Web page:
Uncover 6 Hidden Sources of Sugar
- A Cunning CarbohydrateLike starch and fiber, sugar is a type of carbohydrate. Eating too much of it can make it tough to manage your blood glucose levels. Avoiding cookies, cakes, and other treats is one way to slice sugar from your diet. But this cunning carbohydrate can lurk in foods not commonly considered sweets, too.
- Natural versus Added SugarSome foods, such as vegetables and whole fruit, naturally contain sugar. But much of the sugar we eat is called added sugar—the sweet stuff put in foods during processing or preparation. That includes white sugar, honey, cane sugar, molasses, and high-fructose corn syrup, to name a few.
- Nothing NutritiousIn addition to boosting your carbohydrate intake, added sugars provide calories but no nutritional value. If you eat lots of added sugar, your body won’t get the nutrients it needs, and you’ll likely pack on the pounds. You can better manage your diabetes by limiting added sugars. But first, you need to know where to find them—and they’re not only in desserts.
- Check Your CerealThe packaging for breakfast cereals often touts their nutritional quality—for instance, “a good source of vitamin D.” But buyers beware: Those boxes don’t highlight the high sugar content. Choose cereals with lower amounts of sugar listed on the nutrition label. For some sweetness, add fresh strawberries, blueberries, or bananas.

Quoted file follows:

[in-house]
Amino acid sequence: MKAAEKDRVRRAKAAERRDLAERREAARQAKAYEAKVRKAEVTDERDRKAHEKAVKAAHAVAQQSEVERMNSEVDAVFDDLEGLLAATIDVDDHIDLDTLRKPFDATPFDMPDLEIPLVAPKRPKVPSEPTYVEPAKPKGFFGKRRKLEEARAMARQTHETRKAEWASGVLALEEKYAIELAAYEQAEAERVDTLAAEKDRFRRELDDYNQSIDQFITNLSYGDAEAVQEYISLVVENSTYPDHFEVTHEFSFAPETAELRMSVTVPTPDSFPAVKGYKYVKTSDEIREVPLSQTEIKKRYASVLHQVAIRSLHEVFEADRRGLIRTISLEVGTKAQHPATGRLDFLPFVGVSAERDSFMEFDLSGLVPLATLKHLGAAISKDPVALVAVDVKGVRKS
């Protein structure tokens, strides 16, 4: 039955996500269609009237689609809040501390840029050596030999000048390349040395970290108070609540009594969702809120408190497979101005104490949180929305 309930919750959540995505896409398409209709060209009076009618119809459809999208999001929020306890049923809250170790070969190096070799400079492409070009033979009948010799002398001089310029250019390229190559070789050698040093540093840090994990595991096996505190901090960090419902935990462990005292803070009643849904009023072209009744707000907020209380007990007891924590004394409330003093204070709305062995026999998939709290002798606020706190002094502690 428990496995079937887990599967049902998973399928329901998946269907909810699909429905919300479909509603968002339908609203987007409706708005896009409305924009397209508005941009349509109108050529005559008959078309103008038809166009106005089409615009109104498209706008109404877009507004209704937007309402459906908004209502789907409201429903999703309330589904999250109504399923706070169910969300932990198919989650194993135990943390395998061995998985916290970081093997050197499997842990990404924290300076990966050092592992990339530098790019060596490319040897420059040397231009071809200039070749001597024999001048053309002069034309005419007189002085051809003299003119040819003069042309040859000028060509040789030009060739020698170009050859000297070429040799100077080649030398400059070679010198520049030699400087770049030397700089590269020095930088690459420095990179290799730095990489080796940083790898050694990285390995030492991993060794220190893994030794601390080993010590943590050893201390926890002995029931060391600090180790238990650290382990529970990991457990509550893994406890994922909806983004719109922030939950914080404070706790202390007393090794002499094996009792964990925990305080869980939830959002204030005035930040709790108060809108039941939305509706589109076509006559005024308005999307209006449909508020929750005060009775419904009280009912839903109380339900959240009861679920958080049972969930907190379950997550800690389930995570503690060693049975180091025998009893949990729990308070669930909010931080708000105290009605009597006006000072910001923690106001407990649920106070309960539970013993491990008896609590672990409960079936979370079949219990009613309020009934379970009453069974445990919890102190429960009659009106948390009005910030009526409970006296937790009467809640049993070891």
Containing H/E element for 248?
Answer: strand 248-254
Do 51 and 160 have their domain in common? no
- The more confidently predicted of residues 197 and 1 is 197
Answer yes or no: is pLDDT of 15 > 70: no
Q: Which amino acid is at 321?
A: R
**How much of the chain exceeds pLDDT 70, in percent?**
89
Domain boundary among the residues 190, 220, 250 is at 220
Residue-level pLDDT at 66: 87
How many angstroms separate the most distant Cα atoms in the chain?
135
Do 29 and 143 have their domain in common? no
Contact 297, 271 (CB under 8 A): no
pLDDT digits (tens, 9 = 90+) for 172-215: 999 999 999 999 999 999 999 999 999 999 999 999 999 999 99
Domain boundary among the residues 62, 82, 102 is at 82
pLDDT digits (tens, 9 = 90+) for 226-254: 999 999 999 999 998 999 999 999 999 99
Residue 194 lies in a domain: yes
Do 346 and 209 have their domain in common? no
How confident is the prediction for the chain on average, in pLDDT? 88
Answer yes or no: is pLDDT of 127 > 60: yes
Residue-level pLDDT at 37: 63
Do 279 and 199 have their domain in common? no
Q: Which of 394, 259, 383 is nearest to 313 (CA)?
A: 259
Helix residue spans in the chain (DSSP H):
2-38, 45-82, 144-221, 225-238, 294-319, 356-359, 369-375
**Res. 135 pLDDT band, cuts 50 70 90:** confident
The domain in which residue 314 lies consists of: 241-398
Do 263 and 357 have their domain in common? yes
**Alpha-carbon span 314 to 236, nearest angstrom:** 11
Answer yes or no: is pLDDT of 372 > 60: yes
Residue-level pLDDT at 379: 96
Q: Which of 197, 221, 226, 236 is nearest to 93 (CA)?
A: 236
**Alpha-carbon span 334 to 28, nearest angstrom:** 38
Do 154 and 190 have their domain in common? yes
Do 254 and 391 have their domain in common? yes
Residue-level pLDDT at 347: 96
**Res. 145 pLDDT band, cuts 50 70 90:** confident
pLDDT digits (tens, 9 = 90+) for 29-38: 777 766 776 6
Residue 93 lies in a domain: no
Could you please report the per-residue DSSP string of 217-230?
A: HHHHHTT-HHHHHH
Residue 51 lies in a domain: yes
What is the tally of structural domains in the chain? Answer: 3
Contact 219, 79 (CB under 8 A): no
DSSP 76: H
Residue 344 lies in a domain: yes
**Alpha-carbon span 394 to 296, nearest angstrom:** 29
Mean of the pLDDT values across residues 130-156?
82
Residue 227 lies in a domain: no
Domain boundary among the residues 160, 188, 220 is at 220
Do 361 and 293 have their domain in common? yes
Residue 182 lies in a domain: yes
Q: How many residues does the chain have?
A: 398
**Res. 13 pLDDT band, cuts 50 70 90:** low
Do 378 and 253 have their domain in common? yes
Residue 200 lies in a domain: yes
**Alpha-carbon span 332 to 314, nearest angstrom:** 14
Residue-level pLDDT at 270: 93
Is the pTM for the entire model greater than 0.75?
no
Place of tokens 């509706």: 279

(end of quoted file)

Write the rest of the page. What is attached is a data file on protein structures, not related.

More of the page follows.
- Fruit Juice 101Store shelves are lined with nearly every conceivable fruit juice or fruit drink option. Orange juice, pineapple juice, carrot juice—no matter your favorite, it’s important to choose 100% juice. Skip the concentrate and other fruit-flavored drinks. They’re often filled with added sweeteners or syrups.
- Pick Plain YogurtYogurt can be a healthy snack option, but not when it’s loaded with added sugars. Instead, look for those with artificial sweeteners, which have fewer calories. The best choice? Sink your spoon into a plain low-fat variety topped with your favorite fruit.
- Granola Bars Be GoneFormed with ingredients such as rolled oats, nuts, and dried fruit, granola bars may look healthy. Unfortunately, many commercially available brands are made with added sugars. Some also contain trans fats, which can increase your risk for heart disease and stroke. A healthier option? Rye crackers or no-salt-added popcorn.
- Forgo Flavored CoffeeCoffee is one beverage many of us can’t go without; it’s the quintessential morning pick-me-up. In many flavored coffee beverages, however, it’s more than the caffeine that gets us going. Flavored syrups like hazelnut or vanilla are sugar-sweetened and add unnecessary calories.
- Can the Canned FruitIt’s always a good idea to include more fruit in your diet. And canned fruit is convenient and portable. But fruit canned in heavy syrup is packed with sugar. Instead, reach for a whole piece of fresh fruit like an apple, or opt for fruit canned in water or natural juice.
- Be a Label SleuthYou can uncover hidden sugars in foods by checking the nutrition label. Sugars are listed under the total carbohydrate amount. That total may include both naturally occurring sugars and those that were added, but it can still give you a good sense of a food item’s sugar punch.
- Investigate the IngredientsBe sure to scan the ingredient list, too. It’s best to limit or avoid foods in which added sugars are one of the first ingredients. In addition to more easily recognizable added sugars—such as honey or brown sugar—look for words ending in “ose,” like maltose or sucrose.
6 Hidden Sources of Sugar